By: VINCENT ACHUKA
The destruction of property, infrastructure and loss of lives as a result of the ongoing rains has raised questions about disaster preparedness among Kenyans.
The problem has also highlighted ineptitude on both levels of government and failings in essential planning.
So far, 20 people have died in the last two weeks as the predicted El-Nino rains continue pounding parts of the country.
And this despite an early warning issued by the weatherman.
A statement released Saturday by the Kenya Red Cross said 13 schools have been partly destroyed by the rains, disrupting learning for hundreds of students.
Some 2,088 people have been left homeless while 43 people are reported injured.
“Further 1,854 animals have been swept away by the waters especially in arid areas, while three bridges have been destroyed and six roads cut off. The affected bridges are in Turkana, Mt Elgon and Migori,” said the statement.
“There is a general increase in water levels in major rivers and inland lakes, resulting in increased vulnerability to floods in low-lying areas,” Red Cross warned.
The agency and the Kenya Meteorological Services have from the month of August been warning those who live in flood- prone areas or regions associated with mudslides to move out to safer places.
According to the El-Nino contingency plan released by the government, areas that were likely to be affected most by El- Nino are Nairobi, North Eastern Kenya (Mandera, Wajir, Marsabit and Garissa), the southeastern parts of the country (Kitui, Makueni, Machakos) and areas along the coast (Lamu, Kilifi, Kwale, Tana River and Taita-Taveta).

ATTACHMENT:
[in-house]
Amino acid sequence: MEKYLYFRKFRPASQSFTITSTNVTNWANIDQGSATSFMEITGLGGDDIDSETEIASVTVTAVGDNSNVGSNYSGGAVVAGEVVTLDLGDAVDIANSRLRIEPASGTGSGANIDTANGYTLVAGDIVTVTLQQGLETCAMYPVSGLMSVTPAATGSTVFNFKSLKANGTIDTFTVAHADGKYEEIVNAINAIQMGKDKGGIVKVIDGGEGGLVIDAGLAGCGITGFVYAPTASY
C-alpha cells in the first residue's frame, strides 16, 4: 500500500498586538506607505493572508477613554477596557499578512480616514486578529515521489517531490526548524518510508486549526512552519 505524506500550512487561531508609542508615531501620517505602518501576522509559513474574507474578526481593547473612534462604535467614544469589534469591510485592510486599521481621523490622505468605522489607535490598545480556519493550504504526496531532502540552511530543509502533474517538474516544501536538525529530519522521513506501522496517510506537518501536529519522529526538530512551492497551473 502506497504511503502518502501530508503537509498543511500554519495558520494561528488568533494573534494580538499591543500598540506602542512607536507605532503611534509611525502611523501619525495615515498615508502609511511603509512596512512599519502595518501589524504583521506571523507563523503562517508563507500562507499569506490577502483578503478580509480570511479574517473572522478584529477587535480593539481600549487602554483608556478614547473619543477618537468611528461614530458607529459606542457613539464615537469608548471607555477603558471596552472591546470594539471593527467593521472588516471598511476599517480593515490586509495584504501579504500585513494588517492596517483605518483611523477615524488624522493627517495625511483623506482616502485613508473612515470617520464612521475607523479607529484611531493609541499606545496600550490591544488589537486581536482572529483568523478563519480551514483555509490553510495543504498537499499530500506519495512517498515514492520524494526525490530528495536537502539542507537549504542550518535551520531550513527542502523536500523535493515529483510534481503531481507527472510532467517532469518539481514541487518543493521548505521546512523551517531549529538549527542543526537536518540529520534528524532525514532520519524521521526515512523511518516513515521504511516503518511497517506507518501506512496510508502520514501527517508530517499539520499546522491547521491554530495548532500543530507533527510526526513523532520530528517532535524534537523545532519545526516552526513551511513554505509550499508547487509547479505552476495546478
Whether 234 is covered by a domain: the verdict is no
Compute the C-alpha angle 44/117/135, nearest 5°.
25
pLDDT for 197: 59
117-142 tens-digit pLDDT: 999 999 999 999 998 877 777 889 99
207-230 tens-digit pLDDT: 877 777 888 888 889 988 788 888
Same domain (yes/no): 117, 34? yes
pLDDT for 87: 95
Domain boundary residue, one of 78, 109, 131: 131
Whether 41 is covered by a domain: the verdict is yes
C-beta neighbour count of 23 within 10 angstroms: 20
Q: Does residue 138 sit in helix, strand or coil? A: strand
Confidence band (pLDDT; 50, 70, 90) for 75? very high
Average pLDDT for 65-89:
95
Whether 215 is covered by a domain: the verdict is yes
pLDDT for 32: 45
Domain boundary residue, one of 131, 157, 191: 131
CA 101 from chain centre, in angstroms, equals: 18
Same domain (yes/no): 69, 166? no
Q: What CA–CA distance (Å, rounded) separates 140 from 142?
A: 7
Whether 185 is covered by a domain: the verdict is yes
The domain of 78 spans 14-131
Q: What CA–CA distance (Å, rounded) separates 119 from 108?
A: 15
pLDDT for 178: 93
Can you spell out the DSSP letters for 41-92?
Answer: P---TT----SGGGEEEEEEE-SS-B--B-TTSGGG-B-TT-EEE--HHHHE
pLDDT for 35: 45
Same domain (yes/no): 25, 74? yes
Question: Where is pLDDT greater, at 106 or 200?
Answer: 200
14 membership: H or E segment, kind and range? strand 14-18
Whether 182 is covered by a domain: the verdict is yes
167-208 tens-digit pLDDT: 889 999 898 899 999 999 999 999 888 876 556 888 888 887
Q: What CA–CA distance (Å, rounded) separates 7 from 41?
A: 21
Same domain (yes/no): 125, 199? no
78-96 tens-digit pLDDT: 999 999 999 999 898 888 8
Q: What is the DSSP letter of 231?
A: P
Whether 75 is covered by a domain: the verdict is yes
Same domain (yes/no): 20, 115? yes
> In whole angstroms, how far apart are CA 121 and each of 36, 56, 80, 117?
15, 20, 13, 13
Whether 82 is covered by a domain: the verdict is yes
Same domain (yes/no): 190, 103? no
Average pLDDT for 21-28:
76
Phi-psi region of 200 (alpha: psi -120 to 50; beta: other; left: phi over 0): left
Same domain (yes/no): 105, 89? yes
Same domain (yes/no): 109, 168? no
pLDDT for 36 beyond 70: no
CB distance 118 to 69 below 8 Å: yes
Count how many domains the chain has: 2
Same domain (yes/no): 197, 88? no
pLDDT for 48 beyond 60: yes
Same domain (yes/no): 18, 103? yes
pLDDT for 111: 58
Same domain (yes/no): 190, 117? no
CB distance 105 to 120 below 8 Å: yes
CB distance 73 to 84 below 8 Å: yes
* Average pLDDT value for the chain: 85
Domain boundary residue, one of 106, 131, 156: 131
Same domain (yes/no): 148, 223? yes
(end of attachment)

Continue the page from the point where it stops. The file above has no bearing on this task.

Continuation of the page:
Others are the Kano plains, Budalang’i and the Tana delta.
The risk of landslides is expected in areas with steep slopes in central Kenya (Murang’a, Nyeri and Meru) and along the Rift Valley escarpment.
A multi-agency El-Nino disaster response team was formed in October to disseminate information on the expected heavy rains and Sh5 billion was set aside by the national government to mitigate El-Nino effects.
On Sunday morning, at least 30 houses and two churches constructed in a low-lying area were submerged and two roads cut off in Maua, Meru.
In Nairobi, dozens of houses were submerged following overnight rains in Ruai.
On Friday, five people died in different parts of the country as a result of flash floods.
In Mandera, two people drowned in an overflowing water pan.
In Kakamega, another two people who were digging a trench were buried alive and in Trans Mara, one person was struck dead by lightning in Naliare village.
On Thursday, floods swept away houses in Turkana South, killing two men and leaving at least 30 families homeless.
A girl was also injured after a rock fell on a house.
In Nairobi, a woman was on Monday night swept away by floods in Syokimau and property destroyed as several roads in the city became impassable.
SOURCE: DAILY NATION